What kind of qualities does your work require?

I would say stress tolerance and multitasking: the ability to manage and advance many things at the same time. You also need to prioritise your use of time, even when you have a lot of things going on.

I find empathy and the ability to listen just as important. They help me see things more broadly – instead of just assuming things which are not realistic. You also need determination to reach the goal even when things are difficult, of course 

What's the best or most challenging part of your job? 

I love the feeling when I can hand over a project to the customer on schedule – knowing what our products are used for, which gives it a special touch. I also enjoy quantifying operations with figures, and I feel that I have succeeded if our warehouse value can be reduced by developing project scheduling and materials planning. 

Internally, the most challenging thing is communicating our development operations and increasing awareness: why things are changed and what we can achieve. I hope we can be increasingly successful in that. Changes in supply chains, sudden component shortages and other repercussions of the pandemic won't be gone yet this year either. 

How's the teamwork at NRG?

Through our daily management, we've created a transparent atmosphere and open co-operation, where everyone pulls together and prioritising is easy. Functions related to materials management have also grown closer, and in working with teams, fewer things are under the control of individual employees, so we're finding ways of filling in for others as well. 

We feel that new ways of working have made processes clearer and positive changes are taking place. Of course, it takes patience, because there are many things to tackle before we can say we've achieved a mutual aim. 

Three words your colleagues would use to describe you?

I've worked in expert positions before and not even recognised that management might be my natural strength. Judging from the feedback I've received, I've done at least relatively well: I listen and take others into account. I’m also described as reliable, and people turn to me when they want to get things rolling. I have the courage to take initiative and bring up challenges, even when a packaged solution is not immediately available.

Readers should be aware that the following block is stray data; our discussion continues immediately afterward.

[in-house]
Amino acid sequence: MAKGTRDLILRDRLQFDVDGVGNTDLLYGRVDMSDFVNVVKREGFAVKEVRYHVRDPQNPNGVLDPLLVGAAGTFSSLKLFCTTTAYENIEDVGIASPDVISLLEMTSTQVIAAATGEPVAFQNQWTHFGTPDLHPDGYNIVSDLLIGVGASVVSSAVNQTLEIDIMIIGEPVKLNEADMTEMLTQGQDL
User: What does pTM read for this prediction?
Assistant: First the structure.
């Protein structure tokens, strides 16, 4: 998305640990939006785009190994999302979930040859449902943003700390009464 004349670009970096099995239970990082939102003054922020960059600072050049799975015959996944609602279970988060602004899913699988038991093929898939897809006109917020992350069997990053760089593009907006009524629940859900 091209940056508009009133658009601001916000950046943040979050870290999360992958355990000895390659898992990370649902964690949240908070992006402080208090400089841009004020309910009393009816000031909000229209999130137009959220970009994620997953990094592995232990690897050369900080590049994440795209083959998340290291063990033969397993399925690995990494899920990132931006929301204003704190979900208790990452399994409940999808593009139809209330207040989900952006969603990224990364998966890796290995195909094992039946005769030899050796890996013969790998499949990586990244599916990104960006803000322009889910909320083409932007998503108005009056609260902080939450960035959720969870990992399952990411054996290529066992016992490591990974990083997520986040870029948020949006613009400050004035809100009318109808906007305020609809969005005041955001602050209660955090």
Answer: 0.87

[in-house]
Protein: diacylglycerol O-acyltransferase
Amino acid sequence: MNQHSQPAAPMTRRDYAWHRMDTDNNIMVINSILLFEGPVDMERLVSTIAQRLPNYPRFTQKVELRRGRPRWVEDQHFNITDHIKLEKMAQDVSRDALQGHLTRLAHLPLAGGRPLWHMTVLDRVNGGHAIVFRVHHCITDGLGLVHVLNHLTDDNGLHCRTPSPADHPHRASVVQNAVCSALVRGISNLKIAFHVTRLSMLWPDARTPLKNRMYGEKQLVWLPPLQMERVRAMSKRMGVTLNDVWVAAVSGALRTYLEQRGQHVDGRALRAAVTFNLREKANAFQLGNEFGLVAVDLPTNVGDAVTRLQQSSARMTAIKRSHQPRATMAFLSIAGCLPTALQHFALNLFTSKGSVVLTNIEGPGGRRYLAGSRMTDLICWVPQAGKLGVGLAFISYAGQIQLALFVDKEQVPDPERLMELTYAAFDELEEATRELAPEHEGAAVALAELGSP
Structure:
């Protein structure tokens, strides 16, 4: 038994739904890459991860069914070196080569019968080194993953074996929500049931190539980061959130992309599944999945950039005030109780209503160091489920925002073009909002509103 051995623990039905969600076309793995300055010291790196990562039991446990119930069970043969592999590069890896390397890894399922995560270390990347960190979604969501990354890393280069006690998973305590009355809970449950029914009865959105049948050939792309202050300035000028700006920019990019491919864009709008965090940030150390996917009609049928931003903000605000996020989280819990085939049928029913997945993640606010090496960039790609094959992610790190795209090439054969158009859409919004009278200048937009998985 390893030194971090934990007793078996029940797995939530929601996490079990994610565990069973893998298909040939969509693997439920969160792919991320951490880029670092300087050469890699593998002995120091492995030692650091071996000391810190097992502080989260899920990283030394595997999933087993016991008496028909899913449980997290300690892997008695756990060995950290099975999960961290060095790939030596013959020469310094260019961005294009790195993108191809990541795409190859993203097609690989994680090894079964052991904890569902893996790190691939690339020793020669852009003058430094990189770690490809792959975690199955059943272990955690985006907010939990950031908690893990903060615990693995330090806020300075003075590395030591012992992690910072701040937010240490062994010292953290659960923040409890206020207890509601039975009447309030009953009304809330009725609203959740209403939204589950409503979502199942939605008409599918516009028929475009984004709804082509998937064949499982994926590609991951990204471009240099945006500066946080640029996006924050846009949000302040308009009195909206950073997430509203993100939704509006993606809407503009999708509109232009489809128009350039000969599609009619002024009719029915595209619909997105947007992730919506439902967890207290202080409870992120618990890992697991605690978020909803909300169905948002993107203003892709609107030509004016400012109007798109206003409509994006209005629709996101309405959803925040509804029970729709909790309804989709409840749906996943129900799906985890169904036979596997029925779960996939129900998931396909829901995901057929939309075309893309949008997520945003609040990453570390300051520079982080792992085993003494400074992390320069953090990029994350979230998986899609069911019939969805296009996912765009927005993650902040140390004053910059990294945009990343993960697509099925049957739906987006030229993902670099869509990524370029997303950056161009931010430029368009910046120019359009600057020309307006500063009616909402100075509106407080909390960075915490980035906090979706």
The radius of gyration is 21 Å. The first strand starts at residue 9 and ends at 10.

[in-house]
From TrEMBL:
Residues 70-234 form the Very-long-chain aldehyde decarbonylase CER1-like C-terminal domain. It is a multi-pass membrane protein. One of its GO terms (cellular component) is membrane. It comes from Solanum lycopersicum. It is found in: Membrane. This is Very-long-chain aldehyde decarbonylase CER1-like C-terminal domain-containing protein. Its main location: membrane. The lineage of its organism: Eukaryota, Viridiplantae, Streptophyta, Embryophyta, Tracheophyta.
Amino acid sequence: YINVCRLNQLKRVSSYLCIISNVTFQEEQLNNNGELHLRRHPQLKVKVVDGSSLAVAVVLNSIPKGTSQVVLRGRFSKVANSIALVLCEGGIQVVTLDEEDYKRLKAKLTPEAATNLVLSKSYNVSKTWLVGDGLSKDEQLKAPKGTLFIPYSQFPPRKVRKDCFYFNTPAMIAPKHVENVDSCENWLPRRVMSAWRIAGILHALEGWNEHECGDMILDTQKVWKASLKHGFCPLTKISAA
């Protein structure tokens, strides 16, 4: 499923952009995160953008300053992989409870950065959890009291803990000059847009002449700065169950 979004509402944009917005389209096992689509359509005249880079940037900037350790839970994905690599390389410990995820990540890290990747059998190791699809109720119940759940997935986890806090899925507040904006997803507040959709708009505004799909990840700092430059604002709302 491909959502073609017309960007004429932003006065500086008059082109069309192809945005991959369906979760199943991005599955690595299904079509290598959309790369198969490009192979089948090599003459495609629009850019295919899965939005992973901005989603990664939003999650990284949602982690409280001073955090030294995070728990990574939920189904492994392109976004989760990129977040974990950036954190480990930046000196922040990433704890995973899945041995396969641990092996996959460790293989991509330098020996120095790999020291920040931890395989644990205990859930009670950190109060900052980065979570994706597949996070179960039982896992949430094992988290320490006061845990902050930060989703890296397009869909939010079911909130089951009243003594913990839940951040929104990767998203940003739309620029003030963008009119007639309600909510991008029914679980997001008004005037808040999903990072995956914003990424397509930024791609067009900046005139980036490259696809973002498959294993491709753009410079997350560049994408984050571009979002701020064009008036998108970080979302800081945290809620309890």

What do you dream of in your work at the moment?

I have a burning desire to take NRG forward, because I see a lot of potential in all our companies. I dream that we can develop our operational processes and culture to correspond to the Lean methodology even better. This will have a significant effect on developing profitability and occupational well-being, which is at the core of implementing change – and a guarantee for its success.

A quick look at the rescue industry, what's topical or coming up?

Going forward, new types of vehicles might be needed, such as rapid-response light vehicles. I also believe that the contents and needs of the vehicles will change in the future. For example, instead of diesel, gas and electricity will be used, remote control is on the way, use of robotics and drones will increase, and the CAFS water damage-reducing extinguishing system will become more common – just to mention a few things.

What do you do after the day is over? 

I like to balance work with renovating my home and taking care of plants. I’m an eager gardener and my home came with a large yard to look after. My spouse is a transportation entrepreneur, and the hobbies of our nine-year-old son also keep us on the move. We also love fishing – it's great to get our old American car out for a summer day's and do some perch fishing!